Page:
McCormick Wants LGBTQ Safeguards For Vouchers


McCormick Wants LGBTQ Safeguards For Vouchers

By James Polston

INDIANAPOLIS — The State Superintendent of Public Instruction said Monday she wants an inclusive K-12 environment for every school that receives public dollars via vouchers.

“This is one that we feel is very important,” McCormick said. “We don’t think any school that takes public dollars should be excluding any of our kids.”

In 2011, Indiana lawmakers passed a school voucher law that allows any student to take state money that is normally distributed to the public school they attend and gives the state money to the private school of his or her choice.

Private schools have the option to accept or deny students at their discretion — setting up the opportunity for a private school to deny a student based on sexual orientation, gender or disability.

Lighthouse Christian Academy, located in Bloomington, was in the national spotlight last year because the school’s admission brochure stated the school reserves the right to deny admission to LGBTQ students because of their lifestyle choices but the school said they have never turned down a student due to their sexual orientation.

McCormick said she would like to see an inclusive adult environment, along with K-12.

Earlier this year, Roncalli High School was in the national media after the school suspended a long-term guidance counselor because she is married to a woman.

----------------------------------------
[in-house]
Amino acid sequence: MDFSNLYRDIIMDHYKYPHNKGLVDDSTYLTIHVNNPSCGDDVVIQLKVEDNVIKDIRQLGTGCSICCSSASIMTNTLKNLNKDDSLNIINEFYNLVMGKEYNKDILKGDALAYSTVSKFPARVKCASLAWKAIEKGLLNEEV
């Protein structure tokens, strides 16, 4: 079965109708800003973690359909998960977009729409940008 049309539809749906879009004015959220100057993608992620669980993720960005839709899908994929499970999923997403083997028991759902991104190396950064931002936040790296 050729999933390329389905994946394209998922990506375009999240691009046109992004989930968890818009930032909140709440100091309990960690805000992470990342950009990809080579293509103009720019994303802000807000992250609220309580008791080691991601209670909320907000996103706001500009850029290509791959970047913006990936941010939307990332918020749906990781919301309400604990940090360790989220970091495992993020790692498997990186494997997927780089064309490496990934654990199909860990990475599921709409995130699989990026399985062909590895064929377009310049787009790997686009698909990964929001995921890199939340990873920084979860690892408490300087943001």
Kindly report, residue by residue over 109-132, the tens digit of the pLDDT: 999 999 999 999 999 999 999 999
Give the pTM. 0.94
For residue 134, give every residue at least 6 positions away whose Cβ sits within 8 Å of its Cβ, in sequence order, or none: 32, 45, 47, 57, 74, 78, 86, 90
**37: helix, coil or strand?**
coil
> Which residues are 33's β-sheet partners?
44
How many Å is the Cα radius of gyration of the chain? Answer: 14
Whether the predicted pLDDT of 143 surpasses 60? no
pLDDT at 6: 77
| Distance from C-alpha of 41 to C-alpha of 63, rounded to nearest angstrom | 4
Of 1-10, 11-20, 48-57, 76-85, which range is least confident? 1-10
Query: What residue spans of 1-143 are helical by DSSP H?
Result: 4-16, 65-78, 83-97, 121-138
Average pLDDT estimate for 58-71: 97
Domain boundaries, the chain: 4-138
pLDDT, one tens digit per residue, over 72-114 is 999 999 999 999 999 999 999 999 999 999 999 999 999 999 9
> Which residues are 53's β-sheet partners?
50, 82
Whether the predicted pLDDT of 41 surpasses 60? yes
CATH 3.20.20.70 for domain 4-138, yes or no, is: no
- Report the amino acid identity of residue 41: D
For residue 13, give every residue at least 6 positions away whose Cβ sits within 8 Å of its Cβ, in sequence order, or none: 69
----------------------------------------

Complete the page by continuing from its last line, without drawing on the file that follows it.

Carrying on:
“Our Catholic schools are humbled to serve students of diverse backgrounds and we welcome all students and families who desire a quality Catholic education,” said Superintendent of Catholic Schools Gina Fleming in a statement released by the Archdiocese of Indianapolis. “We are inclusive of students aligned to our mission, regardless of gender, race/ethnicity, religion, sexual orientation, socio-economic status, and learning need.”

McCormick said that members of the LGBTQ community are three times more likely to contemplate suicide and five more times likely to attempt suicide.

That concerns her.

“Our concern that we still have schools that are allowed to have policies that are exclusionary of kids that fall under that umbrella and we don’t think that’s acceptable,” McCormick said.

Regarding potential changes to the voucher legislation, Fleming said she will continue to advocate for parental choice and religious liberties.

“We will continue to advocate for parental choice and religious liberties to be upheld in ways that empower people to make choices regarding their child’s education that are aligned to their values and beliefs,” Fleming said.

FOOTNOTE: James Polston is a reporter for, a news website powered by Franklin College journalism students.

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